Passenger jet pilot does 'incredible and completely insane' manouevres after losing control of plane over Portugal and deciding to ditch in sea

The commuter jet was on an empty ‘ferry flight’ to Kazakhstan

Simon Calder
Travel Correspondent
Monday 12 November 2018 11:00
Air Astana plane lands after losing control over Portugal airspace

Fighter jets were scrambled to help a plane flying over Portugal as its pilots struggled for control and planned to ditch in the Atlantic.

A few minutes after the Embraer 190 belonging to Air Astana had taken off from a maintenance facility near Lisbon, the crew used the transponder to “squawk 7600” – indicating a failure of communications – and shortly afterwards declared a Mayday.

For the next 90 minutes, the aircraft flew a terrifying course of repeated tight turns and sudden descents, as the airspeed and altitude varied wildly.

At one point, while the aircraft was at 7,000 feet, the airspeed fell to 120mph, with a high risk of stalling.

The captain radioed that he had an “uncontrollable aircraft” and planned to ditch in the sea. Two F-16 fighter jets belonging to the Portuguese Air Force were mobilised to help.

The commuter jet, which had no paying passengers on board, had taken off at 1.31pm on Sunday 11 November from Alverca Airport, just northeast of Lisbon.

Two pilots and four technicians were aboard the aircraft, with the flight number KC1388. The Brazilian-made plane had spent six weeks undergoing maintenance, and was intended to operate a “ferry flight” to Minsk in Belarus – the first stage of a journey to Kazakhstan, the home of Air Astana.

The Air Astana aircraft luckily had no paying passengers on board

But within a few minutes it became clear that the flight had serious problems. The climb ended at 5,000 feet and the aircraft began to descend.

As normal air traffic continued to fly in and out of Lisbon, the plane flew a bizarre course northeast of the Portuguese capital, with its altitude varying from 6,000 to 17,000 feet.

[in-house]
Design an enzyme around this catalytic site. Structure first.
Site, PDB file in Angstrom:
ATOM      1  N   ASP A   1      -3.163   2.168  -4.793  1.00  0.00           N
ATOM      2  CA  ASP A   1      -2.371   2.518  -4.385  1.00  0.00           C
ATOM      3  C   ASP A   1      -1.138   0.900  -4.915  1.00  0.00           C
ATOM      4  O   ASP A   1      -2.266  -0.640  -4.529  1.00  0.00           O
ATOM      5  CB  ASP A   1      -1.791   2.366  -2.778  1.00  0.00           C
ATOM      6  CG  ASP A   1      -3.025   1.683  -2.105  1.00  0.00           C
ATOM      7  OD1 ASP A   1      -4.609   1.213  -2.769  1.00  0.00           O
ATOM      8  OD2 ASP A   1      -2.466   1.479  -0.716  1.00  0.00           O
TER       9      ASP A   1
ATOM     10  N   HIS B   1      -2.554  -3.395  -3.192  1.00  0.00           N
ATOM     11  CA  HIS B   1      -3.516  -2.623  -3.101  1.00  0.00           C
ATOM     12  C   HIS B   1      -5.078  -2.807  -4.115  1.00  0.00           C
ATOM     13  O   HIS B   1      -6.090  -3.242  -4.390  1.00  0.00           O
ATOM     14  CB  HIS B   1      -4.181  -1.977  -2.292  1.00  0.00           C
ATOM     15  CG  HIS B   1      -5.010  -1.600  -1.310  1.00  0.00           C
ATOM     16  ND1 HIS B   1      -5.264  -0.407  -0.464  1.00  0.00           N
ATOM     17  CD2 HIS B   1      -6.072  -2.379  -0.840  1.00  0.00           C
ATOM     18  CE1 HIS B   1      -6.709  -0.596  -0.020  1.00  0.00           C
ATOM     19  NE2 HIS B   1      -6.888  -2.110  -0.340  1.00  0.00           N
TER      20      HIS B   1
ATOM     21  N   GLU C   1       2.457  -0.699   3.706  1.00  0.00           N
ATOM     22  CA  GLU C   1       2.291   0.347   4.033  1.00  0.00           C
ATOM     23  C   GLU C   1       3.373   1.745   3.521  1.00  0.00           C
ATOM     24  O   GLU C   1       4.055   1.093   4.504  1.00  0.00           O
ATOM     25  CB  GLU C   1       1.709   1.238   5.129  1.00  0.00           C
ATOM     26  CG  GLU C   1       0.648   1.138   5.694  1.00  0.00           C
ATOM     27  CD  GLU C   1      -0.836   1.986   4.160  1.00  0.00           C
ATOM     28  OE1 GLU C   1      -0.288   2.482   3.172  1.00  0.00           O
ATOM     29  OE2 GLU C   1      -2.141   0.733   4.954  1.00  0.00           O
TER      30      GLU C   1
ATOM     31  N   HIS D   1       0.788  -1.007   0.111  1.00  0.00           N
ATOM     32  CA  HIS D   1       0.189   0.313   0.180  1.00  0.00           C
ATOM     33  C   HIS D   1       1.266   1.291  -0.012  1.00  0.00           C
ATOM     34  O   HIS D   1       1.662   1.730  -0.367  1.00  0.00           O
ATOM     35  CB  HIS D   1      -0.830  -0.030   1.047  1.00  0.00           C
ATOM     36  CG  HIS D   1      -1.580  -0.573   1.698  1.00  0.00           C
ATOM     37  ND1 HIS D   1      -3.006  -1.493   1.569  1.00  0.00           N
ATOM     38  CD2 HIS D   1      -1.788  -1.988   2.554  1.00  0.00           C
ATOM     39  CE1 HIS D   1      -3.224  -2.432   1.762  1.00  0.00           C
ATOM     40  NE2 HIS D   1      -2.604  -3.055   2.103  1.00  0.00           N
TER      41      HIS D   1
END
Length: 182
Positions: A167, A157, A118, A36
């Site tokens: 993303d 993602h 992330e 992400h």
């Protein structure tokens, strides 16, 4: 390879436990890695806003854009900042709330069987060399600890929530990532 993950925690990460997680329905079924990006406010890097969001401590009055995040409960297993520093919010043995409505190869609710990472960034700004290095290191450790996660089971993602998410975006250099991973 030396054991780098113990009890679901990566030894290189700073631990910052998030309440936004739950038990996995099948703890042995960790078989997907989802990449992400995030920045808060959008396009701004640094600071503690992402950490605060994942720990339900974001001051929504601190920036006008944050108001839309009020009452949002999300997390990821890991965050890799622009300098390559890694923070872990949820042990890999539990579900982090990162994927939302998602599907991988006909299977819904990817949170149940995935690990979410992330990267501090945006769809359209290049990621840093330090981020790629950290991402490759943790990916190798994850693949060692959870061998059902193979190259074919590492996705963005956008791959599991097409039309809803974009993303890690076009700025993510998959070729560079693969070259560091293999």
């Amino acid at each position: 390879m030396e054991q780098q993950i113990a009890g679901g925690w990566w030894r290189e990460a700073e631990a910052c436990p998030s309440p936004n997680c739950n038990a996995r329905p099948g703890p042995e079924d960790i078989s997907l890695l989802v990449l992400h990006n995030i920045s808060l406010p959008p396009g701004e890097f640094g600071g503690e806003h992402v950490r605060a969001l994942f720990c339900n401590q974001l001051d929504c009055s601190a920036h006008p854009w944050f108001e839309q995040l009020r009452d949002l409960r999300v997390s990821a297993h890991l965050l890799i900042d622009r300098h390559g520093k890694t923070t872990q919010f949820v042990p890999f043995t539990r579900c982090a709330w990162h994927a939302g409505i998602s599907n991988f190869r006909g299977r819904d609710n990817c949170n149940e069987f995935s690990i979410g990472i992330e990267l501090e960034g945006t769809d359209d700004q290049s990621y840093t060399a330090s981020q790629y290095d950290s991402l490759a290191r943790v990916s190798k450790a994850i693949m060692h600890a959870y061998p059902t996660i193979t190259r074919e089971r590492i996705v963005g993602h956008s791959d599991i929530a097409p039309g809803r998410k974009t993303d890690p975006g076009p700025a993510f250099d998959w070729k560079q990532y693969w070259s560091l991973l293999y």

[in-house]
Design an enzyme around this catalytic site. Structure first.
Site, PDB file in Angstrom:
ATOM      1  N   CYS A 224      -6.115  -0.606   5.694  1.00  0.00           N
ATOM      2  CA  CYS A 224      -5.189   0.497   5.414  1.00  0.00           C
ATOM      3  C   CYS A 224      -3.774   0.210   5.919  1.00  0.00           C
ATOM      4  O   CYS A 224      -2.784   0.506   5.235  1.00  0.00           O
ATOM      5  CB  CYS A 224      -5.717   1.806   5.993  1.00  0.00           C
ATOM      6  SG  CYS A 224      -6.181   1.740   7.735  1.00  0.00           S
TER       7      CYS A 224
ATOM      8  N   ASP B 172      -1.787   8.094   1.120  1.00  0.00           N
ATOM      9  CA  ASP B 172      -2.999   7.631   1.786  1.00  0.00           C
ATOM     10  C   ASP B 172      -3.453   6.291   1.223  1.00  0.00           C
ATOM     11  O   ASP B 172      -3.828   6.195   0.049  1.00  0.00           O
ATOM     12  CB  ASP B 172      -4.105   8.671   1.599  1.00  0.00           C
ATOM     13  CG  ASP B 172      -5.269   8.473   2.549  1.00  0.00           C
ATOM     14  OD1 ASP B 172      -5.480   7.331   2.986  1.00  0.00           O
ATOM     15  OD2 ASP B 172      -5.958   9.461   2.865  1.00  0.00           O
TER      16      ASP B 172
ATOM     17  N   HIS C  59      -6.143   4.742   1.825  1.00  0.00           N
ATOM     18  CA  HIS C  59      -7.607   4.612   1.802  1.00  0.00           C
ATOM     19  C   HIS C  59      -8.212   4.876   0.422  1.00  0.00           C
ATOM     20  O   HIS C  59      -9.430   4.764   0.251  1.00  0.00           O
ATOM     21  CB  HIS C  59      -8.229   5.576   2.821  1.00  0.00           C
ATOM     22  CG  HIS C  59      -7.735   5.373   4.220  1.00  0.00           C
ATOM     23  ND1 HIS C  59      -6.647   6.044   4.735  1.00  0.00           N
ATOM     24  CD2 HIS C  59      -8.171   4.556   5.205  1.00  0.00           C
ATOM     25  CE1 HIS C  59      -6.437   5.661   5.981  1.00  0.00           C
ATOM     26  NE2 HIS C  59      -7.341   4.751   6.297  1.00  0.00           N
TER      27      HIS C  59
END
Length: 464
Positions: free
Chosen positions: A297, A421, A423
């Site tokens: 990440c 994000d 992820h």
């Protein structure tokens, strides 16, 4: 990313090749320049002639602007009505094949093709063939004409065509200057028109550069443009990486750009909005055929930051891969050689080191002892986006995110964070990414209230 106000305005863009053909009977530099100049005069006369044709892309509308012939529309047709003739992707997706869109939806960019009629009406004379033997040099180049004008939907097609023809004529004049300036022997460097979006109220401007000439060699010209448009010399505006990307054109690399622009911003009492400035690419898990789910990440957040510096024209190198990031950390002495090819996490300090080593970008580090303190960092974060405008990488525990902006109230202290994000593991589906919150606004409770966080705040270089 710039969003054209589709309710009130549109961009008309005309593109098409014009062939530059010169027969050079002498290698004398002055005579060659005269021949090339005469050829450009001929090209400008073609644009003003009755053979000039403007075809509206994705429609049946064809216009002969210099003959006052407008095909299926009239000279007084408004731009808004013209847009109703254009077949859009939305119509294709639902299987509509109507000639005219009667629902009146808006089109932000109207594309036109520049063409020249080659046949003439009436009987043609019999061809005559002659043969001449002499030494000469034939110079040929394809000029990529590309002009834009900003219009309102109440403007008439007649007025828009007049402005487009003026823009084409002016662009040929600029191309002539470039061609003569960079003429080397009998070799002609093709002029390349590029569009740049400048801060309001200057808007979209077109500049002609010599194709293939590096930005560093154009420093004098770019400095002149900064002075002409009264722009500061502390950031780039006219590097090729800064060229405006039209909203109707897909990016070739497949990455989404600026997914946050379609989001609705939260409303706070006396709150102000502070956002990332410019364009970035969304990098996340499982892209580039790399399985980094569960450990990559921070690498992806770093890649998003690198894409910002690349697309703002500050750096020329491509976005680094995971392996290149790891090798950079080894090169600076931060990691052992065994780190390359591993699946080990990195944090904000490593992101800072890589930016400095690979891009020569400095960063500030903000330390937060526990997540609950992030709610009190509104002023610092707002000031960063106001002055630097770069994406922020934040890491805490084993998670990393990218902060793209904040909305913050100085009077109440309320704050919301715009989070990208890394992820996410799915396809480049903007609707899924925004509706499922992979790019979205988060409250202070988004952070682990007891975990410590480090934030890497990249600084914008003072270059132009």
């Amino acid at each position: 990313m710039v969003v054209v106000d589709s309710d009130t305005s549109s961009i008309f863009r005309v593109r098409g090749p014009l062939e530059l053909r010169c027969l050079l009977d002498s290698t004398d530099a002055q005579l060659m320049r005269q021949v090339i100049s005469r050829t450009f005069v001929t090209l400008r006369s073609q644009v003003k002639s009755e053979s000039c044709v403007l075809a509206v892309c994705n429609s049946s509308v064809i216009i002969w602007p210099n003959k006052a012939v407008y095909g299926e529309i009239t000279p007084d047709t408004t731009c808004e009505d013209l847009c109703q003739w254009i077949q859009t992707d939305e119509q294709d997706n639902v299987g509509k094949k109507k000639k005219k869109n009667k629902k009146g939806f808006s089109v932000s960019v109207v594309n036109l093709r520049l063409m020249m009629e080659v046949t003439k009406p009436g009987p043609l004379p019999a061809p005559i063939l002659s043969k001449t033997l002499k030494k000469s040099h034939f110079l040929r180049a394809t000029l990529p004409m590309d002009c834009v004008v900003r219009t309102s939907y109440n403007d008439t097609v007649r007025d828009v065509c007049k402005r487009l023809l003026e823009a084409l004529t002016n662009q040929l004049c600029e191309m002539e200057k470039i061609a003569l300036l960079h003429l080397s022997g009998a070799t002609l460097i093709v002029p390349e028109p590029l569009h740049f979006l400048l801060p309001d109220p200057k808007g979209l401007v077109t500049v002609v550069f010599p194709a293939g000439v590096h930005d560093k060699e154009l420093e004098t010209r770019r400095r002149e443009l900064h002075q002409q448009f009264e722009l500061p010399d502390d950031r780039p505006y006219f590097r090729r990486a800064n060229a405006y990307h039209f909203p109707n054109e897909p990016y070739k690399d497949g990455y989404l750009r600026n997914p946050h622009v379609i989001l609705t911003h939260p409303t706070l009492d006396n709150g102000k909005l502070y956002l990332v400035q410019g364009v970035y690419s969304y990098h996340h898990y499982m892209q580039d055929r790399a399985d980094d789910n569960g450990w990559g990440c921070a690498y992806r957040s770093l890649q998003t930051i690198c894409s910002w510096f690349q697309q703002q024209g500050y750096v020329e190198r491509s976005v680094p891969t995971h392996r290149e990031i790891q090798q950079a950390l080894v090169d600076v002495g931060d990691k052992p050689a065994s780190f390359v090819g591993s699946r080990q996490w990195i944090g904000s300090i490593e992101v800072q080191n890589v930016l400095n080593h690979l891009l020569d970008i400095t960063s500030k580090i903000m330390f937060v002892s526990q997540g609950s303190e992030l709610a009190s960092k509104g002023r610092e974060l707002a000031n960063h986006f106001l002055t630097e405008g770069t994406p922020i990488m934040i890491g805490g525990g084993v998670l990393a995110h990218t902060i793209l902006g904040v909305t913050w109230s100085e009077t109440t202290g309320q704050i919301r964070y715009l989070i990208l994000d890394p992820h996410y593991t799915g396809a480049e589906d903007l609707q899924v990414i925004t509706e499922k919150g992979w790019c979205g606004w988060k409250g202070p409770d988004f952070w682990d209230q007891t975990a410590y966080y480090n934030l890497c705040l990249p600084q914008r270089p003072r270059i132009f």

The weather was poor, giving pilots few visual clues.

A contributor to the pilots’ forum, PPRuNe, commented: “Those corkscrews brought Sioux City to mind. Yikes” – a reference to the 1989 United Airlines crash-landing in Sioux City, Iowa, in which 111 people died.

One of the aviation enthusiasts watching events, “Walker Eats It,” tweeted: “Whoever is at the controls of KC1388 right now is doing some incredible and completely insane s***. Hope they know what they’re doing and can land safely.”

Eventually control was restored. The aircraft flew east towards the Spanish border, then turned southwest. It is reported to have made two “go-arounds” before a safe landing at Beja Airport in central Portugal.

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Two of the six people on board suffered injuries during the ordeal and were taken to hospital.

The Air Astana statement called the incident, with some understatement, “an unplanned landing,” saying: “Embraer 190, callsign KС 1388, conducted a ferry flight from the Lisbon Aviation Technical Centre when, due to technical reasons the crew decided to perform an unplanned landing.

“At 15.26 UTC the aircraft safety landed at the airport of Beja. There were no passengers on board.”

After the landing, speculation on the pilots’ forum continued. “Being an Embraer 190 pilot myself, I think they probably turned it off and on again,” wrote “SigWit”.

“That usually fixes any problem on the plane.”

The investigation into the crash of a Lion Air flight in Indonesia last month, in which 189 people died, is focusing on instrument problems.

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